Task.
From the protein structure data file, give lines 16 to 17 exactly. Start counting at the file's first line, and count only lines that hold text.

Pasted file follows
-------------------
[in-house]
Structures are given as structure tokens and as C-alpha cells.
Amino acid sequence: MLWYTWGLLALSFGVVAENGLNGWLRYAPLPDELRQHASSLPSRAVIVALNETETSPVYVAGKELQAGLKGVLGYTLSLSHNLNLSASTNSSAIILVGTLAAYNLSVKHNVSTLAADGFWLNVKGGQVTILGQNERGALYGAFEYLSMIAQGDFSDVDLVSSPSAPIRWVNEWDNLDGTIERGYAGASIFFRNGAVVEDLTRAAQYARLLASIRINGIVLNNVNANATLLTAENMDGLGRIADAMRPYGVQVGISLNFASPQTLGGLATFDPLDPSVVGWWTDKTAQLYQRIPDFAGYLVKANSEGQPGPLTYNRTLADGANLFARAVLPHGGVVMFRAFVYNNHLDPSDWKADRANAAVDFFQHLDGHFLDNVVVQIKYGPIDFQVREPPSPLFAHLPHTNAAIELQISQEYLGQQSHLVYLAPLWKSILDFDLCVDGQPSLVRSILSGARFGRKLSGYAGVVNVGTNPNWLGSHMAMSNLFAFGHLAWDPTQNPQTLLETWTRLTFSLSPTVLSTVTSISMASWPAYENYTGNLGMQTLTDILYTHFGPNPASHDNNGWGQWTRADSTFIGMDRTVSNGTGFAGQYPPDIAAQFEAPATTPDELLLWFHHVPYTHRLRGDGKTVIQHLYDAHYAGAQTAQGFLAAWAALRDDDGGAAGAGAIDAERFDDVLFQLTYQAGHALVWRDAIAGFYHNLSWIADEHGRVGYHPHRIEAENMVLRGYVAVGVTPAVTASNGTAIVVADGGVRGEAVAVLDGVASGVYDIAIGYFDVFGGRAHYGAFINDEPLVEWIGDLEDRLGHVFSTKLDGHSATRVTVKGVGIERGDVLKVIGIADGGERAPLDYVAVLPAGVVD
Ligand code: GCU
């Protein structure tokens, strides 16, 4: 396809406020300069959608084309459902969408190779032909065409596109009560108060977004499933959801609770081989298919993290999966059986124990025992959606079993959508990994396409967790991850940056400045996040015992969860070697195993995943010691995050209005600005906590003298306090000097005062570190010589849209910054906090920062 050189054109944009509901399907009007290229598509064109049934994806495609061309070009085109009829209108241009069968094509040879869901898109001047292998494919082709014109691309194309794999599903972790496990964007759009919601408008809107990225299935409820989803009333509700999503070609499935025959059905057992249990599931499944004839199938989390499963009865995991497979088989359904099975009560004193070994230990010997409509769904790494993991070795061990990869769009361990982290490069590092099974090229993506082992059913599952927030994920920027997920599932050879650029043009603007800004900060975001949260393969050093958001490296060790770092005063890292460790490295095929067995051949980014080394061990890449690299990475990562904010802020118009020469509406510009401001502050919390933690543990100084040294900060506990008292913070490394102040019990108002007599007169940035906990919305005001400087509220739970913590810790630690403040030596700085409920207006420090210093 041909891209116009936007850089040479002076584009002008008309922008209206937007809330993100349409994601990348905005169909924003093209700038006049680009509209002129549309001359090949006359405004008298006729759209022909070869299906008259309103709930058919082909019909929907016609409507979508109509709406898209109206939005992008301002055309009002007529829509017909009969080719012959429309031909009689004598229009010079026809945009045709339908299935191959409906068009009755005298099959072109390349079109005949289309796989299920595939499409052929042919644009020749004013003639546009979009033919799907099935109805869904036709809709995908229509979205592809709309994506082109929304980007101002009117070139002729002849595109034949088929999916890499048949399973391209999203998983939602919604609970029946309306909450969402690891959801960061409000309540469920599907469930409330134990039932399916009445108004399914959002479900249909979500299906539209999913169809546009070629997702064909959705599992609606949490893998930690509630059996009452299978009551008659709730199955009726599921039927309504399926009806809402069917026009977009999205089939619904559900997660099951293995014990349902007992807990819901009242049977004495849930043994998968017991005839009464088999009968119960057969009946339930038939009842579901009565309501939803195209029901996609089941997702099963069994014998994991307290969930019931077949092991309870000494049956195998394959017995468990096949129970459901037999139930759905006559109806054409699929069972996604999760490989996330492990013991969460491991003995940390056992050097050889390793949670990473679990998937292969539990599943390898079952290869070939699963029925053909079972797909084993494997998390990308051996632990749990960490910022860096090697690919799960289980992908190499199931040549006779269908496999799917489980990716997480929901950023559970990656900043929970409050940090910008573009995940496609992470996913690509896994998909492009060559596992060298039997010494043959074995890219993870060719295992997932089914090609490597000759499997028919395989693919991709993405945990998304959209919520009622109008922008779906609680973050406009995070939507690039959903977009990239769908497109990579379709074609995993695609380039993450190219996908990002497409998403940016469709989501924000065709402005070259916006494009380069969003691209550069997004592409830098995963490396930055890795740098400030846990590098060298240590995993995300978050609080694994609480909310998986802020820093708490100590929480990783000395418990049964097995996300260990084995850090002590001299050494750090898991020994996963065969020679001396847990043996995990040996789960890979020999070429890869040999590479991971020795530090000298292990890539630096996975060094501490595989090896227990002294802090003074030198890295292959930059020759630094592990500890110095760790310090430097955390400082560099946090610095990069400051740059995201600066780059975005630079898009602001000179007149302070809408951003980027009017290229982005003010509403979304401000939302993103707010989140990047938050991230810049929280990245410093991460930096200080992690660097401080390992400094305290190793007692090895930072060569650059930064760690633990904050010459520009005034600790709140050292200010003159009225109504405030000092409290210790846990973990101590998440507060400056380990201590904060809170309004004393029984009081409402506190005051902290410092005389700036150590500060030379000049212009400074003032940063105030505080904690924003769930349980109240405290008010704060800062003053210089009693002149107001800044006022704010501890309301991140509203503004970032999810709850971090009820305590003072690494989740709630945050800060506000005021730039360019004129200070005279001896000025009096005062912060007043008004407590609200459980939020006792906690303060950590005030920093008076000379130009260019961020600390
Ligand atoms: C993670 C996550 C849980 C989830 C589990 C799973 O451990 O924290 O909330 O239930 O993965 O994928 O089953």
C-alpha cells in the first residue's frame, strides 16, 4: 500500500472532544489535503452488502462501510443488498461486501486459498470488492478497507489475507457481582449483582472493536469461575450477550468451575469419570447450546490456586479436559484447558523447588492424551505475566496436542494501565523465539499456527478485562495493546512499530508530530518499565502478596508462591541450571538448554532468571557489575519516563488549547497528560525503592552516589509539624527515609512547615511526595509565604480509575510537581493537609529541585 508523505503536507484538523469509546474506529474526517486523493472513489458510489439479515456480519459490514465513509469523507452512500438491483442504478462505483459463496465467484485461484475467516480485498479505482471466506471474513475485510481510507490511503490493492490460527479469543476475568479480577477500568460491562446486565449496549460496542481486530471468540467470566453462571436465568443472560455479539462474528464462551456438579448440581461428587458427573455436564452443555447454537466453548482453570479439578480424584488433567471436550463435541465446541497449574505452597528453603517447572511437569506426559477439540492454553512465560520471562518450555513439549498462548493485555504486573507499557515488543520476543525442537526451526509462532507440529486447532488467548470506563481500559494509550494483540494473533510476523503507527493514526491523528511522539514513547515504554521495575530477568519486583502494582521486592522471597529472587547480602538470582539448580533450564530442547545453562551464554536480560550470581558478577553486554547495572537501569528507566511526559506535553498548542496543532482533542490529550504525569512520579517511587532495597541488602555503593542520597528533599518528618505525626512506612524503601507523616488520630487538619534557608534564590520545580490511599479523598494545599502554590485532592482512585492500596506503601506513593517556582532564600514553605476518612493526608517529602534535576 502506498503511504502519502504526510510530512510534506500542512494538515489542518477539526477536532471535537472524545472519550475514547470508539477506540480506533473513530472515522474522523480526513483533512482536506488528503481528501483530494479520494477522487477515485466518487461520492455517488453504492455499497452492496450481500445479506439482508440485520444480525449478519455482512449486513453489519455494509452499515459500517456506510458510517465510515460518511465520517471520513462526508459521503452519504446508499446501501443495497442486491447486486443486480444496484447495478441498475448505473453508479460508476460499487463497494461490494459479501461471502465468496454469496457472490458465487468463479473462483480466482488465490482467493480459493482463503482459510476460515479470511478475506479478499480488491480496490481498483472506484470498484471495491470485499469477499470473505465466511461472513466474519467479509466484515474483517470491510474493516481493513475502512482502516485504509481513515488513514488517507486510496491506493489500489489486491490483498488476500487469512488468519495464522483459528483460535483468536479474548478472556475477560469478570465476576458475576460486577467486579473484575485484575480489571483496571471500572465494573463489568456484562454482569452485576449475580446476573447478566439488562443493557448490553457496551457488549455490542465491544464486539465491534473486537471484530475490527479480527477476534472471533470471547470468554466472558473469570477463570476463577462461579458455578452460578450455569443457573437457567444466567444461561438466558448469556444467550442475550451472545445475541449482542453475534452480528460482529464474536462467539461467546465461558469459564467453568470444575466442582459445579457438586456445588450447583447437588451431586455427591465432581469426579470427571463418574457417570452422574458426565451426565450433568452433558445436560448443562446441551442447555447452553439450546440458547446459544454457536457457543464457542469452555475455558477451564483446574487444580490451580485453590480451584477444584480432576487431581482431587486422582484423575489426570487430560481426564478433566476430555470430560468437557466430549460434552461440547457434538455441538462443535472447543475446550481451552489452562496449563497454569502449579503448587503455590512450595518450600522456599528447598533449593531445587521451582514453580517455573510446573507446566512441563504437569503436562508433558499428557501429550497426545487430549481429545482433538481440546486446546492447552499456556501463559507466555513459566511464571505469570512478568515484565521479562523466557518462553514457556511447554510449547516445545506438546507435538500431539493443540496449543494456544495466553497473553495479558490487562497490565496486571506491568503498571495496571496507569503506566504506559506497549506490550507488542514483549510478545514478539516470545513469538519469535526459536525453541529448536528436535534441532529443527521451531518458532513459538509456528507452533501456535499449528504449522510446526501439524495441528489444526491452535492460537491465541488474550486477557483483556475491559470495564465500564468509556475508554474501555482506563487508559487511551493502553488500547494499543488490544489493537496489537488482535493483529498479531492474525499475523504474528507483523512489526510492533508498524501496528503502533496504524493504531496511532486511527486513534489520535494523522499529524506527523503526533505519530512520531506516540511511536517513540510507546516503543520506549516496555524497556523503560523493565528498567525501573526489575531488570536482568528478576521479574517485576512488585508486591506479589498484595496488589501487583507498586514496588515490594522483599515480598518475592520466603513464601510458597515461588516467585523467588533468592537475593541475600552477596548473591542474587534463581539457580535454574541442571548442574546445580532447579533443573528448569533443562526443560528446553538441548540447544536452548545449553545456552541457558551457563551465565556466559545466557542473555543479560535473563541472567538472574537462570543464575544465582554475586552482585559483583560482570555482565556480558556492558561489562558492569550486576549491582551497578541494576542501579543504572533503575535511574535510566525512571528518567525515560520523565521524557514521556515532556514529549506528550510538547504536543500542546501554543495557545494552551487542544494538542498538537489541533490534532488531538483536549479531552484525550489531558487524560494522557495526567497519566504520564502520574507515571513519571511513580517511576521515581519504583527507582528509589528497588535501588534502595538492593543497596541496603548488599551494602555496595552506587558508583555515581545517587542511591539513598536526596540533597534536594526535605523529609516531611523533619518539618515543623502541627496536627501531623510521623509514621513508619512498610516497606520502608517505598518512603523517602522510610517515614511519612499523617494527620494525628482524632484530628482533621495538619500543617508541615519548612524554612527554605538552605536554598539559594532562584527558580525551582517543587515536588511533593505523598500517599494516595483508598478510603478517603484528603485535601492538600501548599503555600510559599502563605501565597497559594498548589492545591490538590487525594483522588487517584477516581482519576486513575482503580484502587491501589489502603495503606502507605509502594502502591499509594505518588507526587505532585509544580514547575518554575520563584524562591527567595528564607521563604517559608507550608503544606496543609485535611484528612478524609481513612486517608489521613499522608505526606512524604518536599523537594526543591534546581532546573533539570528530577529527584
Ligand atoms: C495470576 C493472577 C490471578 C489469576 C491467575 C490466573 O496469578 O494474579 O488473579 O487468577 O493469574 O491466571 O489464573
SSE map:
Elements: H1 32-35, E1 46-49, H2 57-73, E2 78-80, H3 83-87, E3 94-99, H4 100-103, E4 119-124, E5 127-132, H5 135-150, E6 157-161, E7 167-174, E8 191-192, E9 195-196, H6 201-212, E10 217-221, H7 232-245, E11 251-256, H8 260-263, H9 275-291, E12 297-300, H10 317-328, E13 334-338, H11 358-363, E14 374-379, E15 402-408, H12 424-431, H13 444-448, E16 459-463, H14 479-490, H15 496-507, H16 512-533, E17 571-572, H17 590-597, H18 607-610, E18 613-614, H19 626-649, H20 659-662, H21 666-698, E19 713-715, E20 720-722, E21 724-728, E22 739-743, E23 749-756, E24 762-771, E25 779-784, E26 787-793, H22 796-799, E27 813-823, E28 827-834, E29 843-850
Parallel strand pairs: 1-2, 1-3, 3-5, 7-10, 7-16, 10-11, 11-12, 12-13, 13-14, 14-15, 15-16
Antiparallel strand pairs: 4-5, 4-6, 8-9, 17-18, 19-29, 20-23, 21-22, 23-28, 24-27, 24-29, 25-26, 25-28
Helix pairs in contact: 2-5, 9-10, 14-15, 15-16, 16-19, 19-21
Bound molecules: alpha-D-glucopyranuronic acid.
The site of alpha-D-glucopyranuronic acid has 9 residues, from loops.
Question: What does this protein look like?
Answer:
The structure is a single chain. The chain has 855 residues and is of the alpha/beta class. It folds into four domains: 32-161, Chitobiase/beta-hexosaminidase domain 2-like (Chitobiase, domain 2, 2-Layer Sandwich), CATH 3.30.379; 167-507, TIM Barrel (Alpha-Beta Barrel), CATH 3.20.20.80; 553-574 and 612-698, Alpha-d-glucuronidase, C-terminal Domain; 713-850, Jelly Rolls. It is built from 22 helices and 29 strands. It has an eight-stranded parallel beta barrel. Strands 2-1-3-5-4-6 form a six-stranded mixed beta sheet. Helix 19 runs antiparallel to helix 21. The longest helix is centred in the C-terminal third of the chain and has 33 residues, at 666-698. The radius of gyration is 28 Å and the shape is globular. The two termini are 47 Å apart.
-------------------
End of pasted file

Question: What does this protein look like?
Answer: